Aug 2, 2011


Lessons from an Accidental Beekeeper 
by C. Marina Marchese

Marchese visited a neighbor one day for a personal tour of his apiary. She was fascinated by the bees and floored by the taste of fresh, raw honey (straight from the hive; she stuck her finger in a comb cell and licked it off). Curious to learn more about bees, she started attending meetings of a local beekeeper's club, then acquired her own hive and eventually left her established job to start a new venture: keeping honeybees, harvesting their honey and marketing products she made from it (candles, skin products and the like as well as honey).

Her charming book introduces the reader to honeybees in both the broad sense- giving a little of their history with mankind, their role in other cultures around the world, and their biology for example- as well as the personal minutiae, describing incidents when she personally worked with bees and honey, and how she learned about them. She even includes recipes for foods and lip balm made with honey. I feel like I learned so much from her. I was particularly intrigued by the descriptions of monofloral or varietal honeys, made from collecting the honey after the bees have been harvesting nectar from one main plant, so that it has the distinct flavor of that flower source. I'm pretty much only familiar with the clover honey you get in the grocery store. Once or twice I've tasted honey with comb in it, or a wildflower honey, but again from the same source, so they're probably mixed to create a standard flavor. I had no idea that honeys could have such a wide range of taste. Marchese describes dandelion honey as having a hint of white pepper. Honey from mangroves, she says, have a "swampy" aroma and are used in pickle brine! Colors and consistencies also vary greatly- purple loostrife honey, for instance, is dark and looks like motor oil; ling-heather honey has the consistency of jelly and cannot be extracted from the comb but must be gently pressed out. With each honey description she also describes the plant and climate/soil it comes from, so it's like reading a little gardening treatise; pairing the land and the food that comes from it. She suggests foods to accompany each honey varietal, which might range from mixing it into a specific kind of dressing or marinade to using in certain types of baked goods, or on exotic cheeses with fine wines.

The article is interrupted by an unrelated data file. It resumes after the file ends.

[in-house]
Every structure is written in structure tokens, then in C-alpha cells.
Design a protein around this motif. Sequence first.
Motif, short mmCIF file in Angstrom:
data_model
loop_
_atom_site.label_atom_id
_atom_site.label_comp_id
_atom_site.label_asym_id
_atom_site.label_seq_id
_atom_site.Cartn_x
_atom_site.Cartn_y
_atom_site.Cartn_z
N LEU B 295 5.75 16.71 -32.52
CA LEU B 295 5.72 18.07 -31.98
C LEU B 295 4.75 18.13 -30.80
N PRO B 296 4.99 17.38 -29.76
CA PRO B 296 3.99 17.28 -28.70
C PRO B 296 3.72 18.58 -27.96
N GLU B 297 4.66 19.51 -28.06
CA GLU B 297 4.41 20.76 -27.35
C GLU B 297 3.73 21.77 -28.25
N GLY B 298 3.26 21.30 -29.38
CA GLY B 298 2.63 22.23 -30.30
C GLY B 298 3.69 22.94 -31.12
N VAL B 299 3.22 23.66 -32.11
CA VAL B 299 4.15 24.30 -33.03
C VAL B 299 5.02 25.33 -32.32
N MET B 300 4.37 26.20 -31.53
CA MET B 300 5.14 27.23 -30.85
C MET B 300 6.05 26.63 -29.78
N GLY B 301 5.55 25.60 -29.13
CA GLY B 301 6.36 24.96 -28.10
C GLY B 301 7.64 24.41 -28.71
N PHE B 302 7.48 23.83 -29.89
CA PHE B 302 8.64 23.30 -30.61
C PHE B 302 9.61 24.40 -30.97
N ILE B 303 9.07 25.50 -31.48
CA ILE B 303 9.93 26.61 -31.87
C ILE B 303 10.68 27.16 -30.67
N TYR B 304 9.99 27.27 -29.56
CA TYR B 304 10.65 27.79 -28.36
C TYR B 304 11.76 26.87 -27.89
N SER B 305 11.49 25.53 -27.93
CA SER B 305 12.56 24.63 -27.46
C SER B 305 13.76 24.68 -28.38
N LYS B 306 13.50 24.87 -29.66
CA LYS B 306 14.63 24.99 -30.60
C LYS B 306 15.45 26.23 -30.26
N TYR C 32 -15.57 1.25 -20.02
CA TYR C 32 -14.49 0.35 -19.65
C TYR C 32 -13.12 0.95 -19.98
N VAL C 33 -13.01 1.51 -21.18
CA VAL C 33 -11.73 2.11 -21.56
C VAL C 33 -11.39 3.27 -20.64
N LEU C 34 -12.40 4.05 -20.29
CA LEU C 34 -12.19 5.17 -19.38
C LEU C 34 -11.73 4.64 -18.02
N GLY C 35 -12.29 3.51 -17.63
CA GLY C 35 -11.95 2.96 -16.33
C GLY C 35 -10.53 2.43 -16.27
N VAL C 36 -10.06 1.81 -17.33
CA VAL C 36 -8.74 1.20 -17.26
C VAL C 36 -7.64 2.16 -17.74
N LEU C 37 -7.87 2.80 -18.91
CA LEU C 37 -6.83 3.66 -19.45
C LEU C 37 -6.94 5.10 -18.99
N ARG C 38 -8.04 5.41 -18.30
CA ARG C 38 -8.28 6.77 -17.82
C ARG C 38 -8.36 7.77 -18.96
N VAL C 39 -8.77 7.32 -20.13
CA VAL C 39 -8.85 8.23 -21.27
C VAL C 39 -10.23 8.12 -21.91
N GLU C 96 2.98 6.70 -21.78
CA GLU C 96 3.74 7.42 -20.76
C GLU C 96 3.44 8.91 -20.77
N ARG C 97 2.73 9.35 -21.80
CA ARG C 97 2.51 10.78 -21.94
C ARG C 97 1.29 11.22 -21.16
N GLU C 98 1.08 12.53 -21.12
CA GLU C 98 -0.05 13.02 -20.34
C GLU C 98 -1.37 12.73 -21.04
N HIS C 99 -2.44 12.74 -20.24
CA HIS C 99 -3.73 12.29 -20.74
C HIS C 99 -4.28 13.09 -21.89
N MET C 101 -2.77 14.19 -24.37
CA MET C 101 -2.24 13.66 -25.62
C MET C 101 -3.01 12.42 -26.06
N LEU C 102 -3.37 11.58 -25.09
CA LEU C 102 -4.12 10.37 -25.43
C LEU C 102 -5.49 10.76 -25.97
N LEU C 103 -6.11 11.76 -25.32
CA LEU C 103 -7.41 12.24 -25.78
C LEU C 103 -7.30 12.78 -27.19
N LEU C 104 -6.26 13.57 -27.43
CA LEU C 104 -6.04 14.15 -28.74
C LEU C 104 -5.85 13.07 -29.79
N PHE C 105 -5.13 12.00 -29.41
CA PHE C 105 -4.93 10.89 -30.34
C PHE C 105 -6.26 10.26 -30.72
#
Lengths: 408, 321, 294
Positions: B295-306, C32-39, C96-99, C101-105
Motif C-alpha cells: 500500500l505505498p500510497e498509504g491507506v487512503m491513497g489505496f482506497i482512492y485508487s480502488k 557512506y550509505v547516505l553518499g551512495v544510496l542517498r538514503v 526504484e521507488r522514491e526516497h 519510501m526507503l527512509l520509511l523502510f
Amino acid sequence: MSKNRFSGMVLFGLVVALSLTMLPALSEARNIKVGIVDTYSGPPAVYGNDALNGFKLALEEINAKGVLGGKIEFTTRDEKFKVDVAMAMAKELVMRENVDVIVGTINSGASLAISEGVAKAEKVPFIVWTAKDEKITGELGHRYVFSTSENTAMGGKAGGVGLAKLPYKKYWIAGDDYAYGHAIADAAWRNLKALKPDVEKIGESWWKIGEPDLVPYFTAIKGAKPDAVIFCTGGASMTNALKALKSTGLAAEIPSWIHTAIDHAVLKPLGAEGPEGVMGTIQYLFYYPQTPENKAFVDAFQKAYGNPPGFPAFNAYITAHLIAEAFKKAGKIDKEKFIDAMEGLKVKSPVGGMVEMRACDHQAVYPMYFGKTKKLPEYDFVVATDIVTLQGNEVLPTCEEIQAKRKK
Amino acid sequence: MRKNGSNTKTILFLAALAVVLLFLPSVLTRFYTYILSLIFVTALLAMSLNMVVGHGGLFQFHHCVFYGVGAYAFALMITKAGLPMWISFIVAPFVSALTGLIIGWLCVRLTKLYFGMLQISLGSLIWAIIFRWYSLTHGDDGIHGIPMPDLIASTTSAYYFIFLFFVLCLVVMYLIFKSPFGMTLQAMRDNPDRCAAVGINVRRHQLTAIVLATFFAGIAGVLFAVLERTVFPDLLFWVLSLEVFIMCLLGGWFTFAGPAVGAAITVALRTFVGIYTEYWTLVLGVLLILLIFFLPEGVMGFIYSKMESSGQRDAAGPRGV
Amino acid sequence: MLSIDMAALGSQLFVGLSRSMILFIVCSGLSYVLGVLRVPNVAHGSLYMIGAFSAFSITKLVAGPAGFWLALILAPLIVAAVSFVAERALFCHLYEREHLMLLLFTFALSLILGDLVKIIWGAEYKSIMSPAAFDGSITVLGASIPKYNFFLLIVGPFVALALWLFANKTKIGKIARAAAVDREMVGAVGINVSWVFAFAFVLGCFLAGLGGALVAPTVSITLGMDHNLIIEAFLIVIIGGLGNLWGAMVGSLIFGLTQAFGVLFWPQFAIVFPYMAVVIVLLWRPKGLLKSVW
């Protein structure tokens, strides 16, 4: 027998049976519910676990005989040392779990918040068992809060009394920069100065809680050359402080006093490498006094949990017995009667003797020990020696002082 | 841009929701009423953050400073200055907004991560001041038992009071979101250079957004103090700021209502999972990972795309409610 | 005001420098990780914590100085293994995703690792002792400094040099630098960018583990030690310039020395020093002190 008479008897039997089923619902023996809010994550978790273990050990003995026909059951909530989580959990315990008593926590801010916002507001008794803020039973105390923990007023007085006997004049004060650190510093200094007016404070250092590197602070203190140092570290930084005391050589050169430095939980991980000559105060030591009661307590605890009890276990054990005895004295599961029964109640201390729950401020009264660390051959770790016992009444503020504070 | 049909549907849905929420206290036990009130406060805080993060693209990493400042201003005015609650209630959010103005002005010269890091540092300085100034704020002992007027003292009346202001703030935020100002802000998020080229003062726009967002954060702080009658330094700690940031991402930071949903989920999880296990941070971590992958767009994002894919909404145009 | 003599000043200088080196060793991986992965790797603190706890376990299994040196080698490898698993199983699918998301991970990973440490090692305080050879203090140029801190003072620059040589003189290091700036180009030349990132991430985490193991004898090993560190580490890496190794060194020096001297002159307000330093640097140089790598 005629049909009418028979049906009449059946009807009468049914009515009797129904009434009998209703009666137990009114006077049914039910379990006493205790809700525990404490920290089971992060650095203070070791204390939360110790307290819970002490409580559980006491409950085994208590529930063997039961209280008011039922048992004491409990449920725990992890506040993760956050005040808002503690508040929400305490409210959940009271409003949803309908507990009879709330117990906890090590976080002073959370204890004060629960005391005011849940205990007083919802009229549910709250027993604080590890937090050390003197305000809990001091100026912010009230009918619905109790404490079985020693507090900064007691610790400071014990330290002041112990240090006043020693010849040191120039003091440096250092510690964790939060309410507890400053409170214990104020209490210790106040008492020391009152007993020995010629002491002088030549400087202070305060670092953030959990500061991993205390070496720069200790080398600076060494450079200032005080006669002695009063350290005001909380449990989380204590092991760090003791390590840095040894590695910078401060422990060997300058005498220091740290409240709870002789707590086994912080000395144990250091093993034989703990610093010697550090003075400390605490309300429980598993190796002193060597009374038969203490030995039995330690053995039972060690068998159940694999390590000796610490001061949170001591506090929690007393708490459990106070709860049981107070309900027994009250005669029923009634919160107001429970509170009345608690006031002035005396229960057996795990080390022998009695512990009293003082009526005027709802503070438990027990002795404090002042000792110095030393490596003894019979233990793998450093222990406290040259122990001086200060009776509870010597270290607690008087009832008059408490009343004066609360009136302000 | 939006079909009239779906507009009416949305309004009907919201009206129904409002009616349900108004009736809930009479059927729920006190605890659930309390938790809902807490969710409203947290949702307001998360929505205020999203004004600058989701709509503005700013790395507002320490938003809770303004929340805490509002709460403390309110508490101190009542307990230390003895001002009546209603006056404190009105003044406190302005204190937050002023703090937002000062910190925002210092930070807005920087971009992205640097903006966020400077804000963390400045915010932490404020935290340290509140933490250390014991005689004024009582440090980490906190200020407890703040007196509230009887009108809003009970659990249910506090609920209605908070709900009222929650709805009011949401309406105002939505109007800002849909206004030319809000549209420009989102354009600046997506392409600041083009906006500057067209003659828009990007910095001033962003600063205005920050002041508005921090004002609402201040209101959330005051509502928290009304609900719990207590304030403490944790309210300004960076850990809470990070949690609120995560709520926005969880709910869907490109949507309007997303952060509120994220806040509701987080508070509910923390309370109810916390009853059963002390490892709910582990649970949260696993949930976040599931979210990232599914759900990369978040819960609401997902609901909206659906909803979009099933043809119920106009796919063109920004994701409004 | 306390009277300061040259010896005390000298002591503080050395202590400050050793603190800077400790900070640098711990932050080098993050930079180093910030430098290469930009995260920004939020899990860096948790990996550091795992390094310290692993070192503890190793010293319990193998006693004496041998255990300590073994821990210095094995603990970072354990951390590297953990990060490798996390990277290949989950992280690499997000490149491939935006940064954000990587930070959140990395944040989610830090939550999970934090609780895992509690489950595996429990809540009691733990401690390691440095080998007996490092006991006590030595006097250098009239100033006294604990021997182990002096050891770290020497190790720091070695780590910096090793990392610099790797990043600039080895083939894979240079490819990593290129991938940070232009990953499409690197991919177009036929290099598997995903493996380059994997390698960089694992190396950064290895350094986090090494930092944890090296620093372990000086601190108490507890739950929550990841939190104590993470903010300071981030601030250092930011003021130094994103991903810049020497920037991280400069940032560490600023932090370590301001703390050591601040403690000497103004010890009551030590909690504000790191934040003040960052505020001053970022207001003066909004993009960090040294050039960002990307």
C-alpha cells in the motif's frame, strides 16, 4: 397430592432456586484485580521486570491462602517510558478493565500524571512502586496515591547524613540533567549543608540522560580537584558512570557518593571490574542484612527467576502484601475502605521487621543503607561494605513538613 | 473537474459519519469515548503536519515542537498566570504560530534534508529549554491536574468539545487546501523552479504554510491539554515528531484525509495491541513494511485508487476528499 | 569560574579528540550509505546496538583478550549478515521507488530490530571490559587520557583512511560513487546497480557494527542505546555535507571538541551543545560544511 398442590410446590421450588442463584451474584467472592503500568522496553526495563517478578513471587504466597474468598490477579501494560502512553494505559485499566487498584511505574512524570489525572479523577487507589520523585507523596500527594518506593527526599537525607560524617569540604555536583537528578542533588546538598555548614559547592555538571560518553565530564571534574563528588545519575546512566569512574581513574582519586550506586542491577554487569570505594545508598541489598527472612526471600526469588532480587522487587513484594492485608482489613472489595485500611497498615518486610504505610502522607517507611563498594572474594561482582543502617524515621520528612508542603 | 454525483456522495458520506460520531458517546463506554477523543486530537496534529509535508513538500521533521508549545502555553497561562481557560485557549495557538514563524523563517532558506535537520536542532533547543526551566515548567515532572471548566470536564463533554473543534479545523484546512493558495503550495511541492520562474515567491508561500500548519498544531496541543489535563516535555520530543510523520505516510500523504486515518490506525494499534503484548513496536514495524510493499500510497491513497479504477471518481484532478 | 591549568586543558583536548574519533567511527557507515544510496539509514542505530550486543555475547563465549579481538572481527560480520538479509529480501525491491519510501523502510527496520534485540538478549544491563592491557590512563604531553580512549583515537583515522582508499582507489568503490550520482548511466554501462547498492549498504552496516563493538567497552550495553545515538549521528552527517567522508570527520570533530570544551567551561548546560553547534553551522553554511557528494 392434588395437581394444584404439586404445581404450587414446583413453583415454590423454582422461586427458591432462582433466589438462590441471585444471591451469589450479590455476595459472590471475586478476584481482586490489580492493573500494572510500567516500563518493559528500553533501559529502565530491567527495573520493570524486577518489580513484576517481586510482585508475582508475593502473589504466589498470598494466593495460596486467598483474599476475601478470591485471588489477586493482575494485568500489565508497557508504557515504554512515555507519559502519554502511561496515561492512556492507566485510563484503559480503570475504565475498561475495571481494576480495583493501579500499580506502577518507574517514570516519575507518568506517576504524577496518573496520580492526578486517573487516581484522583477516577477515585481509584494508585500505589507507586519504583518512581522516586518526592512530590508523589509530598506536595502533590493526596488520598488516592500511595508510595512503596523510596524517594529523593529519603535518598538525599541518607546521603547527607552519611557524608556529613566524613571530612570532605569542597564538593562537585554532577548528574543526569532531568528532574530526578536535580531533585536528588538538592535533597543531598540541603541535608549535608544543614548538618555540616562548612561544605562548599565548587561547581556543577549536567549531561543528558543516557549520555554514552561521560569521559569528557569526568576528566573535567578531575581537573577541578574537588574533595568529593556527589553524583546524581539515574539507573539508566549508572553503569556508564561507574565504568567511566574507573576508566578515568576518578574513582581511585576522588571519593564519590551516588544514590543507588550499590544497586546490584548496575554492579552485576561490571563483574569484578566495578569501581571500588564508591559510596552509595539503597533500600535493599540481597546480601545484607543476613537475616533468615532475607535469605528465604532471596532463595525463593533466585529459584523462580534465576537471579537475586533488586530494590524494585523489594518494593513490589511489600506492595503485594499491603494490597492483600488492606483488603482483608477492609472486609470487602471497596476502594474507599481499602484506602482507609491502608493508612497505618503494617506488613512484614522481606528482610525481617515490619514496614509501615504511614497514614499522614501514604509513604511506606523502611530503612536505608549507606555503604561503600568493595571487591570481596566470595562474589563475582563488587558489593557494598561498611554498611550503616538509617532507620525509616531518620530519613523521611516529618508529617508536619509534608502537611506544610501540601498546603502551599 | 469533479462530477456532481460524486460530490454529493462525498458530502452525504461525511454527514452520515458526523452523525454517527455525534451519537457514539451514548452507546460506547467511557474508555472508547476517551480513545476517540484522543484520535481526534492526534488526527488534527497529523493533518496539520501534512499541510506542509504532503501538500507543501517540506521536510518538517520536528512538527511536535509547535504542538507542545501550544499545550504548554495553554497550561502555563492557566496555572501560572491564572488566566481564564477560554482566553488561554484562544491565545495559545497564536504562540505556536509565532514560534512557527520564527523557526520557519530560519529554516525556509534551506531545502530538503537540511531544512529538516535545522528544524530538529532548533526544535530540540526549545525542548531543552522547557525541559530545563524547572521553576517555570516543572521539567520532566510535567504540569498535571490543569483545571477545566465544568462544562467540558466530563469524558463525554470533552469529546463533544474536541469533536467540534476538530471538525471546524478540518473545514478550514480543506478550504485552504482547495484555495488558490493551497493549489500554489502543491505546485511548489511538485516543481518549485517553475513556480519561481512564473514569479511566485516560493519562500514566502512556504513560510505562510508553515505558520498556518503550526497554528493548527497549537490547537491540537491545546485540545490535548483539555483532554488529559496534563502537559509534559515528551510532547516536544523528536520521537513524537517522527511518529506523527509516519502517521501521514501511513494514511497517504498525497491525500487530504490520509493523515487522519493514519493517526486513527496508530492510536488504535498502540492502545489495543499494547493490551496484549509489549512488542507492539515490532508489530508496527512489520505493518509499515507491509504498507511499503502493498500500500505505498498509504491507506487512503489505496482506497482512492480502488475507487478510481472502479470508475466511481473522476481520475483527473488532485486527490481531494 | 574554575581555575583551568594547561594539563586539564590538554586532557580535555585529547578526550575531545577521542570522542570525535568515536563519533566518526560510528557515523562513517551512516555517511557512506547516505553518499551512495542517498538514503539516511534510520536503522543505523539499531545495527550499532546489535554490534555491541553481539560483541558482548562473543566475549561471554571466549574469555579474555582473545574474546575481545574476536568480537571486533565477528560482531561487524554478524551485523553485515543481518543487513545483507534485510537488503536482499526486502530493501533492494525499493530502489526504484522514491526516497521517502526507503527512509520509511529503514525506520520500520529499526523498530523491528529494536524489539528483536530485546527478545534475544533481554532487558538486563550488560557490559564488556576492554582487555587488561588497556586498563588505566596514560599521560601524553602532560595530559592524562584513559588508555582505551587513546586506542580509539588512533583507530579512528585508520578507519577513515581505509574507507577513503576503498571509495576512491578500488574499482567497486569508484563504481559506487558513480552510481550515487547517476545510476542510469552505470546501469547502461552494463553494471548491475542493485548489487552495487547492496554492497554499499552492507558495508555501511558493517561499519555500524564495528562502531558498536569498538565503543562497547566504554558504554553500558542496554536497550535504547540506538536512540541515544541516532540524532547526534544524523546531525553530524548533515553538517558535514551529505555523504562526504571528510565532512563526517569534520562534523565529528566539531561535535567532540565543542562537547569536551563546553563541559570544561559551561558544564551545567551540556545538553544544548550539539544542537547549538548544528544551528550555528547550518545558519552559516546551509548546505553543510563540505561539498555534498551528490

I am very curious now to try some local (and varietal, if I can find it) honey: I know there's some available at the local farmer's market we frequent on the weekends. So far, this is my favorite of all the bee/honey books I've been reading. I borrowed this one from the public library.

You can visit the author's website here: Red Bee Honey

Rating: 4/5 ........ 256 pages, 2009

more opinions at:
a Life Sustained


bermudaonion said...

It sounds like the book is charming on the inside and out - I adore that cover!

Eva said...

I've been trying to find a good book about bees, so I've really loved seeing all the bee-focused reviews you've been doing! Sounds like I finally found a winner. :D

Dana said...

I see you have been reading a lot about bees. I heard on the radio this morning that the bee population in NA is down about 90% from several years ago and to help the bee population, Fairmount hotels are establishing bee colonies. For example the Fairmount in San Fran has the bee hives in their lobby evidently. How that works I am not sure but it sounds like a really neat green initiative